IBTimes UK

Dennis Rodman has defended his latest visit to North Korea by insisting that talking about human rights with dictator Kim Jong-un would be rude.

The former Chicago Bulls player was confronted about his failure to bring up any reference to North Korea's prison camp network with the dictator. Human rights campaigners have said that the prison network was expanding under Kim along with human rights abuses.

But such concerns seemed far from the mind of Rodman as he set off for Pyongyang with a team of former NBA players for a basketball match to mark Kim's birthday. The group arrived in Pyongyang for the game as an image emerged of Rodmann riding Kim's own white horse during a previous visit, last year.

Before boarding the flight, Rodman told reporters: "The only thing I'm doing right now is this game for his birthday and hopefully if this opens some doors we can actually talk about certain things.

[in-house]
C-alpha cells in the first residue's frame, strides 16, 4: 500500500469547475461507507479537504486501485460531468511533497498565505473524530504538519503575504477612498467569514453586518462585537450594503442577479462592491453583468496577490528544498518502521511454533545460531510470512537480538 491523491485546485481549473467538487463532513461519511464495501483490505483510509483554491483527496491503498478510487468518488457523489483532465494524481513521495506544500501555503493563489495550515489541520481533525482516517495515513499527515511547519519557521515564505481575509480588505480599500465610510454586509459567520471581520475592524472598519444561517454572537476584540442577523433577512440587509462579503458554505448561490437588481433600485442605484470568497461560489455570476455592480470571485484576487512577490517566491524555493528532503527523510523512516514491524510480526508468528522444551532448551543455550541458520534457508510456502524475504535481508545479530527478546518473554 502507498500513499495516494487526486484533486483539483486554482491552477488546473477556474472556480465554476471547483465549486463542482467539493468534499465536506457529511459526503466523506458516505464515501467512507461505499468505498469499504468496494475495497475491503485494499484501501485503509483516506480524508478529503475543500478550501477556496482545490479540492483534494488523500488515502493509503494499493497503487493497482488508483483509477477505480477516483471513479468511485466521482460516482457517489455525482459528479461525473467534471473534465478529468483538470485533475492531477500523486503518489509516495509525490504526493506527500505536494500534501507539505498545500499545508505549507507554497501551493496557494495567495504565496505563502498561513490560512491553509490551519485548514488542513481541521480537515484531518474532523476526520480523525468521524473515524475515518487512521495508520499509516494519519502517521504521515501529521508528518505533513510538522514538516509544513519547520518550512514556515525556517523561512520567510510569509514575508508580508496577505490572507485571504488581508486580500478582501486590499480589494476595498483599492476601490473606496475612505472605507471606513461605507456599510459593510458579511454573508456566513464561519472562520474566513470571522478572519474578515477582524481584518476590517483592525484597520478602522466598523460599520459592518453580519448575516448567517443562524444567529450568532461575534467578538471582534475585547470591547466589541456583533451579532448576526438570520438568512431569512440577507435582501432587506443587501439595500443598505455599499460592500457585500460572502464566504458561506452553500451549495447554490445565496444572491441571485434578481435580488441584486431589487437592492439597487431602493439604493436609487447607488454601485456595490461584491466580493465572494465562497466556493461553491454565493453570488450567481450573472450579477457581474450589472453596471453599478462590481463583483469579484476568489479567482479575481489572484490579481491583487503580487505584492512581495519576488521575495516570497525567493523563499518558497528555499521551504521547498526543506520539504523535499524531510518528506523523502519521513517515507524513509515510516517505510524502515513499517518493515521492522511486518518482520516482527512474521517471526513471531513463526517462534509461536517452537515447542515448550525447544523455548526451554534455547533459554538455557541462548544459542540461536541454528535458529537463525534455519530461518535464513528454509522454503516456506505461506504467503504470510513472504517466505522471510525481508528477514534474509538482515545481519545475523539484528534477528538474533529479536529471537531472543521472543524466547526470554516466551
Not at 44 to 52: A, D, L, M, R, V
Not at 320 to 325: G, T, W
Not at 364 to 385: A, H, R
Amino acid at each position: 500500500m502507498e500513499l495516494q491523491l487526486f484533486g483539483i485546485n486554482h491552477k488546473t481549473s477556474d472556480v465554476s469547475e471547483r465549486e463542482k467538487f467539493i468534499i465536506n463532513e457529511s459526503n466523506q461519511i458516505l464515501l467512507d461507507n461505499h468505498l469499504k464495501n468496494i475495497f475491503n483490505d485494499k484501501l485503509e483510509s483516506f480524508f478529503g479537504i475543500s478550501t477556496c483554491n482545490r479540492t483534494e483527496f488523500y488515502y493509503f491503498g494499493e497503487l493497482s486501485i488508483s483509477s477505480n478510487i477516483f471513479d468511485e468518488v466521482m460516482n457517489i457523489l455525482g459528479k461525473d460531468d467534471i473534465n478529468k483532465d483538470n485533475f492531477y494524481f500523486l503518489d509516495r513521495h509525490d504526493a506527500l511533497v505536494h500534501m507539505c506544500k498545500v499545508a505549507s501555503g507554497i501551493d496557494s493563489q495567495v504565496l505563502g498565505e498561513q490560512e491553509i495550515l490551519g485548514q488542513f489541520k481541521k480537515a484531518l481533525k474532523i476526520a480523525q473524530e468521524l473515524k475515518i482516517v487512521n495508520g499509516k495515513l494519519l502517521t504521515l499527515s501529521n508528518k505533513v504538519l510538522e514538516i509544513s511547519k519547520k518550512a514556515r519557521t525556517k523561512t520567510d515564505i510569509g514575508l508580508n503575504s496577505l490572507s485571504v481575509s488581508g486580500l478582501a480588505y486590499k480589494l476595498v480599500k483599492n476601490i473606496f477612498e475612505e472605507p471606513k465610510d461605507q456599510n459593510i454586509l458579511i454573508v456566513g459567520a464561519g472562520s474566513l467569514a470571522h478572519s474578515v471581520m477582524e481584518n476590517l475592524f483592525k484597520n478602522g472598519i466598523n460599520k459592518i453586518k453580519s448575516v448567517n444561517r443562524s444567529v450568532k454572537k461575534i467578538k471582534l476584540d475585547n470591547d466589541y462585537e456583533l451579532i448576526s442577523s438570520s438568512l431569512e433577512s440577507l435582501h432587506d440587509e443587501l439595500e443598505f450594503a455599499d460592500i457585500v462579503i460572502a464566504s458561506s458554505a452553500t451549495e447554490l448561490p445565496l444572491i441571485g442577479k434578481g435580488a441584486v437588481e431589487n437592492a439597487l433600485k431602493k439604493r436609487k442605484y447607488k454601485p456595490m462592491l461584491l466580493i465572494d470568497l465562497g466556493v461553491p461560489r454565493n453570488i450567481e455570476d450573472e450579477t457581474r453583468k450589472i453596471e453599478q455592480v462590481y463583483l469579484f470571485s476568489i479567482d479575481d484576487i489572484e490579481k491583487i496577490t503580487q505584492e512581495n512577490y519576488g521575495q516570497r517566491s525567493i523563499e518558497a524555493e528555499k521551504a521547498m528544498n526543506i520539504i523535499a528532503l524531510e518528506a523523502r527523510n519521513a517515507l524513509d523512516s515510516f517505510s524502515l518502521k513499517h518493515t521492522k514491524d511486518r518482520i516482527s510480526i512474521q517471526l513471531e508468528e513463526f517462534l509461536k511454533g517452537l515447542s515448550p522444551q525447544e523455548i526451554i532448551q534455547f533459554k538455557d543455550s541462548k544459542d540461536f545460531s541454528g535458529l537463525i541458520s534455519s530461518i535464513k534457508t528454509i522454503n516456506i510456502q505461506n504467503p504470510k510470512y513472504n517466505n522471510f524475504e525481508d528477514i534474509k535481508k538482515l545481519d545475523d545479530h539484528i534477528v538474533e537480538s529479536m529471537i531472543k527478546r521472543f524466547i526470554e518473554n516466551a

"I'm not going to sit there and say 'hey guy, don't do that'. That's not the right thing to do, he's my friend first. I love him. I'm not the president, I'm a guy. When the time comes and I do that, I'm going to sit down with all the people around the world and tell you everything that happens.

"But right now I'm going to go there and put on a good show for his birthday."

Rodman and Kim have struck up an unlikely friendship over the past year.

The trip to mark Kim's birthday was Rodman's fourth visit to North Korea since he told the dictator that he had a "friend for life". His trips have not been supported by the US government, which has no official relations with the pariah state.

Accompanying Rodman for the birthday game were 12 former NBA players who have agreed to take part in the so-called "basketball diplomacy".

An estimated 120,000 people have been imprisoned by the brutal regime. Last week it emerged Kim's uncle was reportedly executed by a pack of starving dogs for alleged disloyalty and "factionalism".

"People say so many negative things about North Korea. And I want people in the world to see it's not that bad," Rodman told reporters.